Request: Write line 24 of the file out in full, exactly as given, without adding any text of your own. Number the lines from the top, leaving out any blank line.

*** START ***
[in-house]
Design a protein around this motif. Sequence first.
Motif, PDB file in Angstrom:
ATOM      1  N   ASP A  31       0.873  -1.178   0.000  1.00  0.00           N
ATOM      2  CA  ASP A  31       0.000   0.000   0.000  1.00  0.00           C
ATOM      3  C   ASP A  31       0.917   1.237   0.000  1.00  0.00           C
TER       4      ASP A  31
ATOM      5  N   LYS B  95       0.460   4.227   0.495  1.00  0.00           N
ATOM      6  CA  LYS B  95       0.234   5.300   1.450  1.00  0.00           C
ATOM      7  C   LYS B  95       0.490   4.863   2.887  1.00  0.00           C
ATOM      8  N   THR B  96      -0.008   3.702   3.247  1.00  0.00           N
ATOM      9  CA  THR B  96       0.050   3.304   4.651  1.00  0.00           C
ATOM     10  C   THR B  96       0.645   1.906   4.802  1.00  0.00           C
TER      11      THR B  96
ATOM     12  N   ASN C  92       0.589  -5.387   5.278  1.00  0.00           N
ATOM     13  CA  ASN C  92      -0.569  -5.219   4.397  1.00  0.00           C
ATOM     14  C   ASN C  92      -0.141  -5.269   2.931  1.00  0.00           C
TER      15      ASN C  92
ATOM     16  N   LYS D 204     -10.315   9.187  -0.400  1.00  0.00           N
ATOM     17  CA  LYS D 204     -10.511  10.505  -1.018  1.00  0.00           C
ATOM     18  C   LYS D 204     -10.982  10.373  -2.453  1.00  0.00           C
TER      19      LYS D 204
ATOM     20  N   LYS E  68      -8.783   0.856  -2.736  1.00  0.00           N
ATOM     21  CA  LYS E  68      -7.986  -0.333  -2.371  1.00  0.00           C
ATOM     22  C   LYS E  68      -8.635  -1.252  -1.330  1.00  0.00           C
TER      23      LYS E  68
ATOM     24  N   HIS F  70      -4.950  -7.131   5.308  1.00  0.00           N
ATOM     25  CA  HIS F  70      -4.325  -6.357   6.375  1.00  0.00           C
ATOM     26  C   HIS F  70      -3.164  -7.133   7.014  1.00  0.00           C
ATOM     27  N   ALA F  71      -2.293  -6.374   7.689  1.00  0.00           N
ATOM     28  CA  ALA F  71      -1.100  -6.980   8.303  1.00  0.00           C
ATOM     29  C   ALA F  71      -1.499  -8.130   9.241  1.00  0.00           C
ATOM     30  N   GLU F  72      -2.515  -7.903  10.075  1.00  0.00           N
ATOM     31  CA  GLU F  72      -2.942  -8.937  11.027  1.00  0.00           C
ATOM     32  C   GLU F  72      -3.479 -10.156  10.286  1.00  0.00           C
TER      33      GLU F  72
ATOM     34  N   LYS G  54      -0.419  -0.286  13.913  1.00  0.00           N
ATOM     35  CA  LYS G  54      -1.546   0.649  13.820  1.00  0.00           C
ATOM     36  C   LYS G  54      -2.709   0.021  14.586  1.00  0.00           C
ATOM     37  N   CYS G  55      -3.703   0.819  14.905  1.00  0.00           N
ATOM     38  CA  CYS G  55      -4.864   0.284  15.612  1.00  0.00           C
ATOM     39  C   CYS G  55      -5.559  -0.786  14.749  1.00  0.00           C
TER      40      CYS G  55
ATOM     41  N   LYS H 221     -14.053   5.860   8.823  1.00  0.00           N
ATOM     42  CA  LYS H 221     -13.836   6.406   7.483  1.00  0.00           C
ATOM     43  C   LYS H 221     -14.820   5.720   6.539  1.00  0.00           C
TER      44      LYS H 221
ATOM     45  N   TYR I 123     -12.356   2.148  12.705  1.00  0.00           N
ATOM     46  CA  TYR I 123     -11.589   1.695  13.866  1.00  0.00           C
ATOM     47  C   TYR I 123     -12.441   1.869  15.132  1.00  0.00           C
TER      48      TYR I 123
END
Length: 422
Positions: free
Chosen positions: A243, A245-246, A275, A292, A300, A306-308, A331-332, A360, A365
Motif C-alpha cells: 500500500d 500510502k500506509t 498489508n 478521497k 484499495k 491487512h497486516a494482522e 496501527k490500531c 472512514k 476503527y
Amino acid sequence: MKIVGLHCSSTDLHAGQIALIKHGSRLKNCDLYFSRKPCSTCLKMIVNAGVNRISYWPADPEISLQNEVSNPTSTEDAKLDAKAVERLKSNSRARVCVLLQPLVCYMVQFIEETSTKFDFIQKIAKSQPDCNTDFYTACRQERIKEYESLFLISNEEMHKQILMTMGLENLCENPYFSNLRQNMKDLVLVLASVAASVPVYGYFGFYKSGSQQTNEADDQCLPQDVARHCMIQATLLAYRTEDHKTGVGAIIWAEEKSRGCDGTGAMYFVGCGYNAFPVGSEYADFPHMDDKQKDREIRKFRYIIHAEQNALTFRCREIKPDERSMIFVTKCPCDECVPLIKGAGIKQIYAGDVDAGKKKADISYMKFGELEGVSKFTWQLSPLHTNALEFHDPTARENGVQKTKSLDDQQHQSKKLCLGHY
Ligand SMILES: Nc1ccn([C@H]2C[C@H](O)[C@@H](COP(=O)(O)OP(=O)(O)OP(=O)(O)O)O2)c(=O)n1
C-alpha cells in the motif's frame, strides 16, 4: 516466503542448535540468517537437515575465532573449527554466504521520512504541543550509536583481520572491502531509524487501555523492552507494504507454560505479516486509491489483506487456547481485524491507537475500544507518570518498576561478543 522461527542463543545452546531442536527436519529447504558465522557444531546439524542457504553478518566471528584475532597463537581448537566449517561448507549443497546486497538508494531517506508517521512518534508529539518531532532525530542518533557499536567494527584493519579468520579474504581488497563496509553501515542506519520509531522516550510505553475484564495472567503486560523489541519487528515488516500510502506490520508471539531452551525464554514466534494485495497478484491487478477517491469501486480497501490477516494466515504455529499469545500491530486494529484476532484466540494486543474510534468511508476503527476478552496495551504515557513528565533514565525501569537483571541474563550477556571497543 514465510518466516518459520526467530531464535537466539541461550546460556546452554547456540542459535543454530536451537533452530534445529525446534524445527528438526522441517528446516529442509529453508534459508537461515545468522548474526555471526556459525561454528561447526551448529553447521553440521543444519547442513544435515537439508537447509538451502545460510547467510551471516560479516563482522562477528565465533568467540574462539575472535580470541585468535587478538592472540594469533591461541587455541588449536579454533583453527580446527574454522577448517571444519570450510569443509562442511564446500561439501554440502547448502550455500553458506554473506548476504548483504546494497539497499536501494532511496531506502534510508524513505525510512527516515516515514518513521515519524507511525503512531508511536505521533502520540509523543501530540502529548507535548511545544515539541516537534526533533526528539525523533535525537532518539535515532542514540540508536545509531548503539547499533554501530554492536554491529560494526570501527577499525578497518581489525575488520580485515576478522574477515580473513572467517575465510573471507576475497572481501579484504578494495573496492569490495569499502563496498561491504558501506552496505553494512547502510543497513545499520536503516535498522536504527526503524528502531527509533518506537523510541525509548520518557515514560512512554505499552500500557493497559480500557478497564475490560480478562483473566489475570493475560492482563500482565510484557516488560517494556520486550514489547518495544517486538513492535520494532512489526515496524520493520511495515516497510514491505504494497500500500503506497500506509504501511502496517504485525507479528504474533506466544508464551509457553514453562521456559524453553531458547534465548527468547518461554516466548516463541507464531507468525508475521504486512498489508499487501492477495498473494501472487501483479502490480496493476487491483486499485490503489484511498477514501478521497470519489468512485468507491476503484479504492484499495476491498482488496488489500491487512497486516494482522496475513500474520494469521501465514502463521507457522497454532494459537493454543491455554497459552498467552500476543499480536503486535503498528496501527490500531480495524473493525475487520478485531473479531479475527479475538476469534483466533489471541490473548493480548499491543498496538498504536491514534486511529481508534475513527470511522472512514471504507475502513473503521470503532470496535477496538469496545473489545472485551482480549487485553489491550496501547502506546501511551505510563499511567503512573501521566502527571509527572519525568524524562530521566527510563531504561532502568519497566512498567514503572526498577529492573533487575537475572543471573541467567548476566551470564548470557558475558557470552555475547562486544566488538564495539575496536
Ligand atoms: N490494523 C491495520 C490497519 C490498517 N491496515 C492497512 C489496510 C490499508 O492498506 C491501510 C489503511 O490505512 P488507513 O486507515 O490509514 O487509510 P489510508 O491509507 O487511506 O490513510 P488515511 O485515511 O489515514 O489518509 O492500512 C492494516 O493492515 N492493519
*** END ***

ATOM     21  CA  LYS E  68      -7.986  -0.333  -2.371  1.00  0.00           C